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Newly minted septuagenarian sets out to walk every street in Glendale

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David Eisenberg stands on the 200 block of Wonderview Dr., in Glendale. He's been an avid walker in Glendalefor about 12 years and believes he's planted his feet on about 90% of the city's streets to date.
(Raul Roa / Staff Photographer)

After surgery following a bad back injury about 12 years ago, Glendale resident David Eisenberg faced a seven-month rehab that involved essentially relearning how to walk.

From the get-go, Eisenberg’s physical therapist told him the key to recovery was staying active. Laying down in the face of pain only causes more problems, the therapist said.

“I took them seriously, and walked,” Eisenberg said. “So far it’s kept the back problems away, and I’m very happy with that.”

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Eisenberg, now 70 and sporting a cane, continued to walk. And walk. And walk. On average, he surmises he still clocks in about 10 to 20 miles on any given week.

Recently, Eisenberg realized he’s walked on nearly every street in Glendale, where he’s lived since 1985. Now, he’s turned putting his feet on every street in Glendale into a personal mission.

“Besides being able to accomplish a goal, being outside is just so much more pleasurable than sitting around in the house,” said Eisenberg, explaining the rationale for his pedestrian pursuit.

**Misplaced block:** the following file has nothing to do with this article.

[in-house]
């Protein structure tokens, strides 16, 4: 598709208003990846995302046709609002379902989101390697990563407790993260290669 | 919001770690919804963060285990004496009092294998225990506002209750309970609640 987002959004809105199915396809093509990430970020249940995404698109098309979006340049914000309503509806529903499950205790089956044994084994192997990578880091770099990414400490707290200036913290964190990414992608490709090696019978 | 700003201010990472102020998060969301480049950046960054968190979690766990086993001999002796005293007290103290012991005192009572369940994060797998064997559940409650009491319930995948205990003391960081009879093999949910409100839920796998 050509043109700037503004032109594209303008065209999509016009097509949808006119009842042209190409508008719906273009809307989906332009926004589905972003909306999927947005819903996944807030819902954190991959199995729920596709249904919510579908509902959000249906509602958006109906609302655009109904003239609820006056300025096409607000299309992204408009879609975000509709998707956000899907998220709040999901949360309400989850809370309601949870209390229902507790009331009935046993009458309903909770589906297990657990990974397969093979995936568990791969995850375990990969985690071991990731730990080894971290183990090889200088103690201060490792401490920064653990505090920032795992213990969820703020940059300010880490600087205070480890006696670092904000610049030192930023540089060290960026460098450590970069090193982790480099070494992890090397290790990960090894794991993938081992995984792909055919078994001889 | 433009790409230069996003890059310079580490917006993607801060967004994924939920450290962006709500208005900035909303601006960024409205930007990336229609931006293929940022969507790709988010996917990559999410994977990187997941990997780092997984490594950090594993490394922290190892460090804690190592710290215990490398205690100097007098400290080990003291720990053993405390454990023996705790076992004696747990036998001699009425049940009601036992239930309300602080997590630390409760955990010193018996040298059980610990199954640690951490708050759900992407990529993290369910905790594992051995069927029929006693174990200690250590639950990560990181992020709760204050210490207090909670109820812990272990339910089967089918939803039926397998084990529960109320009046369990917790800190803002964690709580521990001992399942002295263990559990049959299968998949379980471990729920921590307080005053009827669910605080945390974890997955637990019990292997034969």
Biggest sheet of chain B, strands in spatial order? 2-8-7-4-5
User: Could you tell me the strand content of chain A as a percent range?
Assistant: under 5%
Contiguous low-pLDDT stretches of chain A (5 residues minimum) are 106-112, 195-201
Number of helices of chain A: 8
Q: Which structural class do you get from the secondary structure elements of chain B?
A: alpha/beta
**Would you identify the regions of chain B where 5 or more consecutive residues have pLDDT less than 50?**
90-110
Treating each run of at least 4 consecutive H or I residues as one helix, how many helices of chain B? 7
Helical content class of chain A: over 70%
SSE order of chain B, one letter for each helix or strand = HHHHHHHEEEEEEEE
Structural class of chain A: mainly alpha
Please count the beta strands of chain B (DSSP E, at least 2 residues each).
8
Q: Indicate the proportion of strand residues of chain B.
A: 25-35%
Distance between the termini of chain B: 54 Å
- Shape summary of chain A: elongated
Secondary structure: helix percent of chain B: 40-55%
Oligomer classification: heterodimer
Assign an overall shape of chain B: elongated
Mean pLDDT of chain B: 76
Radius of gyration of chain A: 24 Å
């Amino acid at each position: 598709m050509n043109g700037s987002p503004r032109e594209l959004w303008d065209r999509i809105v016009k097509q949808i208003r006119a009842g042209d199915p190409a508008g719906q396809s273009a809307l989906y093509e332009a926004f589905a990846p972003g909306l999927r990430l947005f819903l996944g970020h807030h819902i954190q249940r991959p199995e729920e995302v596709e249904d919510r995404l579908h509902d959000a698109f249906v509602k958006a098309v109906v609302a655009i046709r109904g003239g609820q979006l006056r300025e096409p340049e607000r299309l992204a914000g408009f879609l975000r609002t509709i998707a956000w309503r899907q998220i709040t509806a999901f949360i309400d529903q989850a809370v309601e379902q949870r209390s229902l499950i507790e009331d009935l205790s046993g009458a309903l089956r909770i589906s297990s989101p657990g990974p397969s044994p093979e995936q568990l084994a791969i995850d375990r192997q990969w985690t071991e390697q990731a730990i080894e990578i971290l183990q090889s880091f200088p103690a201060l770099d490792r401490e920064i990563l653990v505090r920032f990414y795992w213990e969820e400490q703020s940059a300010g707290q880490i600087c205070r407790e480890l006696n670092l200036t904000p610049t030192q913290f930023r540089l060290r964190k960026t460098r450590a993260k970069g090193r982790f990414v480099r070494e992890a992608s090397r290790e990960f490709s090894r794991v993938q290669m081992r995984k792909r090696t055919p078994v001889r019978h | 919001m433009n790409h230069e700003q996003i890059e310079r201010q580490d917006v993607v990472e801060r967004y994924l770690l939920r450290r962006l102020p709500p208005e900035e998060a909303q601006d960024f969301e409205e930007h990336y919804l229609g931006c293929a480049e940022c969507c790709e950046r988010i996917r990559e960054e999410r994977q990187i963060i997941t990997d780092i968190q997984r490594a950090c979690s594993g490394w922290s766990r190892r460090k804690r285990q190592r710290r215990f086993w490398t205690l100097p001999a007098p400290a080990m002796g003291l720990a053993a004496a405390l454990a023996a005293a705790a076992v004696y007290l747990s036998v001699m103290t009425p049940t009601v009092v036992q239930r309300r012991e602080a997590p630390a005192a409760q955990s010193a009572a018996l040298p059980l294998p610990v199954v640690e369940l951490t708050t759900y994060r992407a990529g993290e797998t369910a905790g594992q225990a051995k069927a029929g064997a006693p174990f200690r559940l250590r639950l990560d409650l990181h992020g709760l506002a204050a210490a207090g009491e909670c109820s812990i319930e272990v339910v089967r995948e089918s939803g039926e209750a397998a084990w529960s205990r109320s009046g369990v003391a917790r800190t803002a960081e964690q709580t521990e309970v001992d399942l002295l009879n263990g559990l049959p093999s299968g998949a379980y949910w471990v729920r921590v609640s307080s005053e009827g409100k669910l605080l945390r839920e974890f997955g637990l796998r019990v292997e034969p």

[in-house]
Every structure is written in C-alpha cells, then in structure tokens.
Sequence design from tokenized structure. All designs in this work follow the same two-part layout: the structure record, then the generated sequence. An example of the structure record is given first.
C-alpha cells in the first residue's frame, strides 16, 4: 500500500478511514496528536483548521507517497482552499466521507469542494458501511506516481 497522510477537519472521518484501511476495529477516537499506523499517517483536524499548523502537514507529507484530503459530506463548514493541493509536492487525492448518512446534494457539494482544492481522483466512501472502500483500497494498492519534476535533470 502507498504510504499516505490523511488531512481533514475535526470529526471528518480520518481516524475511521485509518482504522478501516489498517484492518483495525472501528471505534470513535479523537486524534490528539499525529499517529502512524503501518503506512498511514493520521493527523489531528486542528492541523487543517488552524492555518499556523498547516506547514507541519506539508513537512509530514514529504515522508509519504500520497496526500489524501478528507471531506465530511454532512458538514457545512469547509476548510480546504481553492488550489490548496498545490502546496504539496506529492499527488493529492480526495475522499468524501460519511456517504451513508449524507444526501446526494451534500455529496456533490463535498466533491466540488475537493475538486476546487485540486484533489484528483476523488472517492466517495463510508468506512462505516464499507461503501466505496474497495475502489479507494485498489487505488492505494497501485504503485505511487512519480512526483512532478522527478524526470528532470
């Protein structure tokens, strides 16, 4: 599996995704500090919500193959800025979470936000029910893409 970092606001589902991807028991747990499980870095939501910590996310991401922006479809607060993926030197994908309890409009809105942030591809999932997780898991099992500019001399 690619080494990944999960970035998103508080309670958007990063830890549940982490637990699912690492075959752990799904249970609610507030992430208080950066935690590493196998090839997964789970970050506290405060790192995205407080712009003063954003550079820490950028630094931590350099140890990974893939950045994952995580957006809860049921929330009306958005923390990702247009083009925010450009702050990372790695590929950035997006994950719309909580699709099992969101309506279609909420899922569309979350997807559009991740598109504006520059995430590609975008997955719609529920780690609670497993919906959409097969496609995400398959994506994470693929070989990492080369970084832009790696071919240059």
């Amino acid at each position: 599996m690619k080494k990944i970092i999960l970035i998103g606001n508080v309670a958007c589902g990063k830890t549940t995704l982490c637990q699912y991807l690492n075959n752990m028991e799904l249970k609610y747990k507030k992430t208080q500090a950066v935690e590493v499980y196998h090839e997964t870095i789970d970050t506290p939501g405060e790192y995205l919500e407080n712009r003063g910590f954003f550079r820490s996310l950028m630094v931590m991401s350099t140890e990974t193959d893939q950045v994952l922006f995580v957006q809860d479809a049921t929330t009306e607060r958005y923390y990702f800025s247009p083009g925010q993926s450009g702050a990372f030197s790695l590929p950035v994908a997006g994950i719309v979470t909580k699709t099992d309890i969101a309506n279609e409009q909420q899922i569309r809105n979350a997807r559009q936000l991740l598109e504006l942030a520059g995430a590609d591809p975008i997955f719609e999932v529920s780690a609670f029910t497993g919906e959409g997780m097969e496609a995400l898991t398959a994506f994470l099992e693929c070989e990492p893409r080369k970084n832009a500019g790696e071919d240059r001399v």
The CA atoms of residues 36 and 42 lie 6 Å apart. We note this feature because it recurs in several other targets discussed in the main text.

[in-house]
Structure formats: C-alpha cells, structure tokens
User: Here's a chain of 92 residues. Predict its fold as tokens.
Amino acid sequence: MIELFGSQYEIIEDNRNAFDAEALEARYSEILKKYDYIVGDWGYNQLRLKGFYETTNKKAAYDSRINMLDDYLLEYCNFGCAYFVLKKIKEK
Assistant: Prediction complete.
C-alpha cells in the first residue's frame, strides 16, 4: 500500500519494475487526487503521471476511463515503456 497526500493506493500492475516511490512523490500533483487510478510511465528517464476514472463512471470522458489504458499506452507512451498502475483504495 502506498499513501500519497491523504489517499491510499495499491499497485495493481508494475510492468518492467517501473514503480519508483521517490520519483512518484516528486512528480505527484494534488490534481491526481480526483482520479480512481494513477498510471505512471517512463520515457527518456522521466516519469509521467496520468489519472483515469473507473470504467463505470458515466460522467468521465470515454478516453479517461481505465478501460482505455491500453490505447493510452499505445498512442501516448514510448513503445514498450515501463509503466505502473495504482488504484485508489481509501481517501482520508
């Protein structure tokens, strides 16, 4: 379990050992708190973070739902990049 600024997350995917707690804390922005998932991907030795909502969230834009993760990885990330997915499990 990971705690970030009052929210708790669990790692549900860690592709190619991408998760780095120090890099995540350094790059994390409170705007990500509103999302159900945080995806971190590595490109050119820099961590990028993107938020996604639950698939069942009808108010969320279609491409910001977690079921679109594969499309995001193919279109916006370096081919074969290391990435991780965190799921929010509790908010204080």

On a warm day in June, Eisenberg had walked 5 to 6 miles by 1 p.m. Later in the evening, he intended to walk a 2-mile round trip to a meeting on the Los Angeles River.

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Eisenberg habitually leads Sierra Club walks and has climbed the group’s list of 275 mountain hikes — known as 100 Peaks — at least four times each. Over and over again, he returns to the Diederich Reservoir, one of his favorite trekking spots, in the Brockmont area. To date, he guesses he’s been on about 90% of Glendale’s streets.

(Eisenberg’s passion for the outdoors is longstanding; he recalled climbing his first “official mountain” — Mt. Washington in New Hampshire — when he was 16.)

With so much ground covered already, what’s left is mostly dead-end streets at this point, he said. It’s now his mission to go and “pick them all up,” strategically, he said.

After putting proverbial pegs on a map, Eisenberg reckons he has about half of the city’s dead-end streets to go.

“When you have a route and you’re walking a loop and here’s this street and the sign says it doesn’t go through, and you think, ‘Well, I’ll just keep going on my route’,” Eisenberg said of his previous tendency to avoid the dead-ends.

Now Eisenberg’s thinking of recruiting others to tackle the city’s roads to nowhere — by leading a Sierra Club walk expressly dedicated to the dead ends.

He’s done one before, in the Brockmont area, “and it kind of drove participants nuts,” said Eisenberg, chuckling.